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Hosea 12:3-6 -

Power with God.

The people are incited to repentance by the example of their progenitor Jacob. His wrestling for the blessing sets their unfaithfulness in darker contrast.

I. GOD 'S ELECTION DOES NOT SUPERSEDE MAN 'S EFFORT . Before Jacob was born God had said, "The elder shall serve the younger" ( Genesis 25:23 ). Yet the blessing had to be striven for, and won from God by wrestling and supplication.

1. Jacob had from the first an impulse to realize his destiny . ( Hosea 12:3 ) Even as an unconscious babe he gave token of this. He struggled in the womb ( Genesis 25:22 ). His hand took hold of the heel of his elder brother Esau as he was born ( Genesis 25:22 ). As he grew older we see the same impulse manifesting itself, not always in right ways. The catching of his brother's heel was a type of the attempts he afterwards made to take the blessing from Esau by force and guile. He got Esau to sell the birthright for a mess of pottage ( Genesis 25:29-34 ). He obtained the blessing from his father by fraud ( Genesis 27:1-46 ). The acts were indefensible, but they testify at least to his appreciation of the blessing, and to his desire to obtain it.

2. His efforts were purified as years advanced . ( Hosea 12:4 ) The blessing was at length won, but by far other means than Jacob had at first employed. It was won from God by earnest, agonizing supplication. The narrative is given in Genesis 32:24-32 . There Jacob, as a prince, had power with God, and prevailed ( Genesis 32:28 ).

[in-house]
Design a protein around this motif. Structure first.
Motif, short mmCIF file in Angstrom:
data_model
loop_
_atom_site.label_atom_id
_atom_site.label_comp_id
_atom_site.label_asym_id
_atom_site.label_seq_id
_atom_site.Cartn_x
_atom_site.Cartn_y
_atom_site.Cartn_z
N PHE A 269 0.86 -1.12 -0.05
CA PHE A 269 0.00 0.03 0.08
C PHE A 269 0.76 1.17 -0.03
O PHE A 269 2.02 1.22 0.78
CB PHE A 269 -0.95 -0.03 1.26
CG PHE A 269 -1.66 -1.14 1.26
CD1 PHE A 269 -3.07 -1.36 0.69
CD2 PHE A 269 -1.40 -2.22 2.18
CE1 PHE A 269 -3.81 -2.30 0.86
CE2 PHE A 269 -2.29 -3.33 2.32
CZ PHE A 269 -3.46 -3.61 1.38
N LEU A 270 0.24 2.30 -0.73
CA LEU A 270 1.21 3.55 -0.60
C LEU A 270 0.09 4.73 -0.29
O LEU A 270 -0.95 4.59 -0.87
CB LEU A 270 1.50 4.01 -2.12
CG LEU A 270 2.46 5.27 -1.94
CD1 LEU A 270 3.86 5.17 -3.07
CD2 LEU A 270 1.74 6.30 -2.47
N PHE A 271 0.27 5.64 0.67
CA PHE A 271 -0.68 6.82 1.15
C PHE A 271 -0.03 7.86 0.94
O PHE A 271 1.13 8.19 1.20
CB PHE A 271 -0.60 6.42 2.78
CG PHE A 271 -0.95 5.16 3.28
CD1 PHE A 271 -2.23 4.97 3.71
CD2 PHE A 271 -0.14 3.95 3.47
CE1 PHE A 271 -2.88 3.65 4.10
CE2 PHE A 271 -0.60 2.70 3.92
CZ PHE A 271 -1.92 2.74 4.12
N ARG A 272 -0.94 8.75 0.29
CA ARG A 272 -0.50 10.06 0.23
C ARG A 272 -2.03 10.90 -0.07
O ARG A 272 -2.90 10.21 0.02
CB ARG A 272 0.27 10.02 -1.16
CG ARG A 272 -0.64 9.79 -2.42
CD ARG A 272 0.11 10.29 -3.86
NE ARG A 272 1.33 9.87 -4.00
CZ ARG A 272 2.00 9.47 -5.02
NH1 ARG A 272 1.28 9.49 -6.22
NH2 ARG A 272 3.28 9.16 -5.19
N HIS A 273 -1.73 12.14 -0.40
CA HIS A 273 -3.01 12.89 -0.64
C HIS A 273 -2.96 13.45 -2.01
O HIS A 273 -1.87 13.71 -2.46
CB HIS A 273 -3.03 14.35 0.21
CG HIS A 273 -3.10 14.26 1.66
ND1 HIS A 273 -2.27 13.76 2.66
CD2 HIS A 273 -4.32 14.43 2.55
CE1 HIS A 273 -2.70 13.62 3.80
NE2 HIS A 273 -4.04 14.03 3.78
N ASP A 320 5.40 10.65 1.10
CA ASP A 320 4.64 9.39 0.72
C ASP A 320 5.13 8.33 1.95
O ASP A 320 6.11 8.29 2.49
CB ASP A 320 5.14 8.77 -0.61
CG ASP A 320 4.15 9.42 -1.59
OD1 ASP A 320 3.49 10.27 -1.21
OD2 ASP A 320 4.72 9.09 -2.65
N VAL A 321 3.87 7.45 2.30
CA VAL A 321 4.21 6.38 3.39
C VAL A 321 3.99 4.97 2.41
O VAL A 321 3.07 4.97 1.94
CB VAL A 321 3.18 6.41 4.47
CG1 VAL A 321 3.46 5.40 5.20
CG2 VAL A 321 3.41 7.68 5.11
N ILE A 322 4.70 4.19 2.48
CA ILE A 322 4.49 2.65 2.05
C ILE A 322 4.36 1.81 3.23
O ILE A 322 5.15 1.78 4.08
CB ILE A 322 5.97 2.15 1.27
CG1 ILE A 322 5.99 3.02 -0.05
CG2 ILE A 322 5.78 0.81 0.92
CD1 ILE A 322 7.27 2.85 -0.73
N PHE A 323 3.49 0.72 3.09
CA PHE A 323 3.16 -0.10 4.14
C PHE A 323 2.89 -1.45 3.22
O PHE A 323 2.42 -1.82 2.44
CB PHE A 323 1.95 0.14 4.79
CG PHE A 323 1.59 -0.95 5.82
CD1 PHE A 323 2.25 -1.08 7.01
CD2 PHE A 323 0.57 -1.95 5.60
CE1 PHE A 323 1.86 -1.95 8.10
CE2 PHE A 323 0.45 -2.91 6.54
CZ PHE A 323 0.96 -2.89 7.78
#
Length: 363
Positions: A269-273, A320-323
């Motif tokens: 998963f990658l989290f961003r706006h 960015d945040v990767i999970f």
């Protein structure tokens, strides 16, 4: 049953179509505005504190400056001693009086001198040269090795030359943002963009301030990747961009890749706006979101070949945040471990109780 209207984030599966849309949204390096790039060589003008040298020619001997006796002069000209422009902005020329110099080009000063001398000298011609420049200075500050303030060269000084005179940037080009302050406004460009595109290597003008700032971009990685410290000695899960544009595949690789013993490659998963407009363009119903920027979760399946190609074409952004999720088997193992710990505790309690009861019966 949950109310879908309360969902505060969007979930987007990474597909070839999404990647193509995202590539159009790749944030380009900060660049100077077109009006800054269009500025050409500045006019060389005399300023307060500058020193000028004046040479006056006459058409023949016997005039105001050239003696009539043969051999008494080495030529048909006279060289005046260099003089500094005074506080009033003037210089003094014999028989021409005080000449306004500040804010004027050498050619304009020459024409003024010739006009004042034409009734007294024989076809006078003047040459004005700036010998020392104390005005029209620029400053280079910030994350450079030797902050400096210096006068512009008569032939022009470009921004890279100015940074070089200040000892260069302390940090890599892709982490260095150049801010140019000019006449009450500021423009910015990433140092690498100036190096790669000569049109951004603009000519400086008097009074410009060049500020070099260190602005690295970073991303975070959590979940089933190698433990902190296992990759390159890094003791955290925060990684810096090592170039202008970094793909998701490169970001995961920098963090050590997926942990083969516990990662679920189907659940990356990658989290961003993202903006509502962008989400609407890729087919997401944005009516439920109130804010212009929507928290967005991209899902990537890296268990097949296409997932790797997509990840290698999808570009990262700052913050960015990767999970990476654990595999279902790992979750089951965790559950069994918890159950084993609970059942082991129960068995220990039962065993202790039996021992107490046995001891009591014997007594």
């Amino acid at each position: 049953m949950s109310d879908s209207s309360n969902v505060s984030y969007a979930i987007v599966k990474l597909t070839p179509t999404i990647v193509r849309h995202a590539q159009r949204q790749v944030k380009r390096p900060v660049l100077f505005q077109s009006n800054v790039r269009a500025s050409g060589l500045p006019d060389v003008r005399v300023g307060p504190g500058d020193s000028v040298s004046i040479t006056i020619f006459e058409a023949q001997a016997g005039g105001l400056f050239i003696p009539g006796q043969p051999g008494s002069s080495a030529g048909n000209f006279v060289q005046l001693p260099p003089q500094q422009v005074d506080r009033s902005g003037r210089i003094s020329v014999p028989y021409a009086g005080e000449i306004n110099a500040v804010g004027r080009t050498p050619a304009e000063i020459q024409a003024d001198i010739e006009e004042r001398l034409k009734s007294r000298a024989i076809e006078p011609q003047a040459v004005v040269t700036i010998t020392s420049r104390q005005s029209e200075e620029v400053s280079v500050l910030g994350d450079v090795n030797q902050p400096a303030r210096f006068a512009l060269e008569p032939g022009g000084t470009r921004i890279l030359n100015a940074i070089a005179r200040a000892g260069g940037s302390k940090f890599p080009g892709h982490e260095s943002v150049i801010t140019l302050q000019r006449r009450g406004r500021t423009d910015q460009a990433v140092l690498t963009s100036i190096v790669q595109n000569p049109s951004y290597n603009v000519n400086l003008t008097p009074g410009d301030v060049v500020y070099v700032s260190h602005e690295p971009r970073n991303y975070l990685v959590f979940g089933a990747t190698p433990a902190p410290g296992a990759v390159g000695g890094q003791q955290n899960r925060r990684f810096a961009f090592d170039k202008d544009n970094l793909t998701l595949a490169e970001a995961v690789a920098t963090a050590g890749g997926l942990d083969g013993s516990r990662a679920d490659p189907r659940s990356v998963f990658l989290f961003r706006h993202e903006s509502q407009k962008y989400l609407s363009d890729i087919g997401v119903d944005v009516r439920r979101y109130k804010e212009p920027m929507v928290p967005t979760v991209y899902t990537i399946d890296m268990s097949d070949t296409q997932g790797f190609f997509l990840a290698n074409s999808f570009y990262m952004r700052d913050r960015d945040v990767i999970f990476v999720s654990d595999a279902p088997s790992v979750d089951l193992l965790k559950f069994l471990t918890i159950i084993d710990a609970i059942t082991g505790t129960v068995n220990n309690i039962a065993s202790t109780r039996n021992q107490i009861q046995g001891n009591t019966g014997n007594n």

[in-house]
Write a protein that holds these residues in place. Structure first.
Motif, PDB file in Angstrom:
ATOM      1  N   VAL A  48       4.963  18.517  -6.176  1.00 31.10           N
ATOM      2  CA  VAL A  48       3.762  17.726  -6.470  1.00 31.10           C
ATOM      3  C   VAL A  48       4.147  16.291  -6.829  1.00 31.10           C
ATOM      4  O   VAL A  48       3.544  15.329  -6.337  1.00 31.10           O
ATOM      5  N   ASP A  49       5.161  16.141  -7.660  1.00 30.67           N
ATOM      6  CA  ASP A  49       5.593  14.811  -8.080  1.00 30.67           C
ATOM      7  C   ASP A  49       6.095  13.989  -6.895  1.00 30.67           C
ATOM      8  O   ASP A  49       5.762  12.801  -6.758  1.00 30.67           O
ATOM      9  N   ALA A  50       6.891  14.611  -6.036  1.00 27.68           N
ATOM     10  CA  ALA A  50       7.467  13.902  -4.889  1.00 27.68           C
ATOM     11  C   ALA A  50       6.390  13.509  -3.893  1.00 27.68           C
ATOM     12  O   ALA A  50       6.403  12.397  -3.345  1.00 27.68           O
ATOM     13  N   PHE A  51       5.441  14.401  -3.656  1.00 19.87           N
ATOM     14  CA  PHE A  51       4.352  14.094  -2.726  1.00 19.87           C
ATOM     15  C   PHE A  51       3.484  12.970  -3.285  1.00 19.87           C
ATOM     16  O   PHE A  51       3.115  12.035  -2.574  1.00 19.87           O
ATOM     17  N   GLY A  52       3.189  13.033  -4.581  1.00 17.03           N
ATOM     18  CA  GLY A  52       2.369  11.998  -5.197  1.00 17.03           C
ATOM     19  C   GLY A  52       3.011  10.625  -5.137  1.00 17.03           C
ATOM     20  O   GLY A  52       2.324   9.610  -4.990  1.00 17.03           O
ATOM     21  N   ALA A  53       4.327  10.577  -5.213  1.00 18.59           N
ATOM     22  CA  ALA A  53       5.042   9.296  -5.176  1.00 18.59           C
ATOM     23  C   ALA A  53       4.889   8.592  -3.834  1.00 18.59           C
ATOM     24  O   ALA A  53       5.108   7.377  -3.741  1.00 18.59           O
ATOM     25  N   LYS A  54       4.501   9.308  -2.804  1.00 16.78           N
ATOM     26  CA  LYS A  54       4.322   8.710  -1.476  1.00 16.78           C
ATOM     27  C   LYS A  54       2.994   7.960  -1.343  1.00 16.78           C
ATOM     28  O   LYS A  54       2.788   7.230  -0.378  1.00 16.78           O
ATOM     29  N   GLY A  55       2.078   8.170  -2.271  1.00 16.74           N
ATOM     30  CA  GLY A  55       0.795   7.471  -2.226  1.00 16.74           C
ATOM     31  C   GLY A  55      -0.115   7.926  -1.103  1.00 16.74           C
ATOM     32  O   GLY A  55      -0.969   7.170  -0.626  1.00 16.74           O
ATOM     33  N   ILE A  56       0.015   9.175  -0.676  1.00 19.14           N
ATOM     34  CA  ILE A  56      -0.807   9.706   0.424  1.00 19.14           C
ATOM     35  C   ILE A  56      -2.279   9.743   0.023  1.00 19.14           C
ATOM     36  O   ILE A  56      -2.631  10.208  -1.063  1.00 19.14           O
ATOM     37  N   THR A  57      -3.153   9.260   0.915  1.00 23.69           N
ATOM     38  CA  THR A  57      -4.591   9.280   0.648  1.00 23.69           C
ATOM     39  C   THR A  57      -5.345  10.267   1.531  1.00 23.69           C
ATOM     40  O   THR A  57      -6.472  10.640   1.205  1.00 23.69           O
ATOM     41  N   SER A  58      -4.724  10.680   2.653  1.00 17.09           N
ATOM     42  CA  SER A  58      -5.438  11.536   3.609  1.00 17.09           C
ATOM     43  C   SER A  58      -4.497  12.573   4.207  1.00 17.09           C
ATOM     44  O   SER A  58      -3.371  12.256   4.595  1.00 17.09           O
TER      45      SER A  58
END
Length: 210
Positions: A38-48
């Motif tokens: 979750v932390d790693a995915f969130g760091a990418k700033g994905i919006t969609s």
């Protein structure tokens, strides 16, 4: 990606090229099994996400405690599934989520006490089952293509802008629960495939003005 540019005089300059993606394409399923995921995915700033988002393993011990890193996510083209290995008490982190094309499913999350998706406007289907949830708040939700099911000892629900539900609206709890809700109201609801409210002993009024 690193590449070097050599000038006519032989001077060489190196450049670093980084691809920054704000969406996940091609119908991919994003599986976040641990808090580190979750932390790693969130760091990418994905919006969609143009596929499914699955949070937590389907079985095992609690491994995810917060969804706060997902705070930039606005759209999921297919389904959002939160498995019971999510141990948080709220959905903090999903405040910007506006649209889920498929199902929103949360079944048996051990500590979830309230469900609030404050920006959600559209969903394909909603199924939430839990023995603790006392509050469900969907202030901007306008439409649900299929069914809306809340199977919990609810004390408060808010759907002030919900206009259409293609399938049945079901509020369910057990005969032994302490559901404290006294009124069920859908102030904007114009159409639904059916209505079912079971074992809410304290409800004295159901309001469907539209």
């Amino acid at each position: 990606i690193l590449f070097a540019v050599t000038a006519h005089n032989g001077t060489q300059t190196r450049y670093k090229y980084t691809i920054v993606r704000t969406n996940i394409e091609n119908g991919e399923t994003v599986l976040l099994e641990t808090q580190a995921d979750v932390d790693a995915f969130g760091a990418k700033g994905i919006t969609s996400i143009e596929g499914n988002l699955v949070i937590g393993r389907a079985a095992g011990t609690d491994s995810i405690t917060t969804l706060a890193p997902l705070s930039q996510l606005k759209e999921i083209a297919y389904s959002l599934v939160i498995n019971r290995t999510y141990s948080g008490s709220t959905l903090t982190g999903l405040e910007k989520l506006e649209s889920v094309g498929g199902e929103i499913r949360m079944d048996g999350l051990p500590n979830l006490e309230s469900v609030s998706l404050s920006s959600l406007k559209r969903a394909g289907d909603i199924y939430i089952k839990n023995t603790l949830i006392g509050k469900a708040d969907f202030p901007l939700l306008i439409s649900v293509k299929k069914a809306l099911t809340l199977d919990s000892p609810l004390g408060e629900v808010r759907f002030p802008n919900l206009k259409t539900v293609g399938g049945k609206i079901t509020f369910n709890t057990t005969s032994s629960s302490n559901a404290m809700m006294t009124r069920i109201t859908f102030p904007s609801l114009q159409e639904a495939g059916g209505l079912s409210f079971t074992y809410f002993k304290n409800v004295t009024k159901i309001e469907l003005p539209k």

II. GOD PUTS HIMSELF IN MAN 'S POWER , THAT MAN MAY OBTAIN BLESSING FROM HIM .

1. He draws near to man . God drew near to Jacob at Peniel. He seemed to be a" man," but Jacob recognized in his mysterious Visitant an angel—that Angel of the covenant in whom God's Name was. He accordingly laid hold of him, wrestled with and entreated him, and would not let him go till he had blessed him. So there are awful moments in our experience when, "left alone," the infinite Presence draws near to us, overshadows us, touches us, invites us to wrestle with it for the supreme good of existence.

2. He gives man power . If Jacob wrestled prevailingly with God, it was because God gave him power to do so. It is in God's own strength that we wrestle with God. God puts himself in our power, not crushing us by his majesty, but meeting us as on a human footing, and permitting us to prevail over him.

3. He invites man ' s requests . Jacob "wept, and made supplication." Prayer is a real wrestling. God wills man thus to wrestle with him. He gives us the promise of blessing if we ask, seek, and knock ( Matthew 7:7 , Matthew 7:8 ). Jacob's prayer was

Jesus prayed "with strong crying and tears," and "was heard in that he feared" ( Hebrews 5:7 )

III. IN TYPICAL CASTS LIKE JACOB 'S, GOD PLEDGES HIS GRACE TO THE GENERATIONS THAT COME AFTER . Jacob was:

1. Israel ' s patriarch head . "He found him in Bethel; there he spake with us" ( Genesis 32:4 ). The promises given at Bethel had reference to the descendants ( Genesis 35:9-12 ). The blessing was to be theirs also, if they chose to claim it as Jacob had done.

2. An example . He who spake with Jacob was "the Lord God of hosts: the Lord is his Name" ( Genesis 32:5 ). The unchangeability of God is our guarantee that, if we act as Jacob did, we shall meet with like reward.

3. The consequent duty . "Therefore turn thou to thy God: keep mercy and judgment, and wait on thy God continually." There is here indicated the need:

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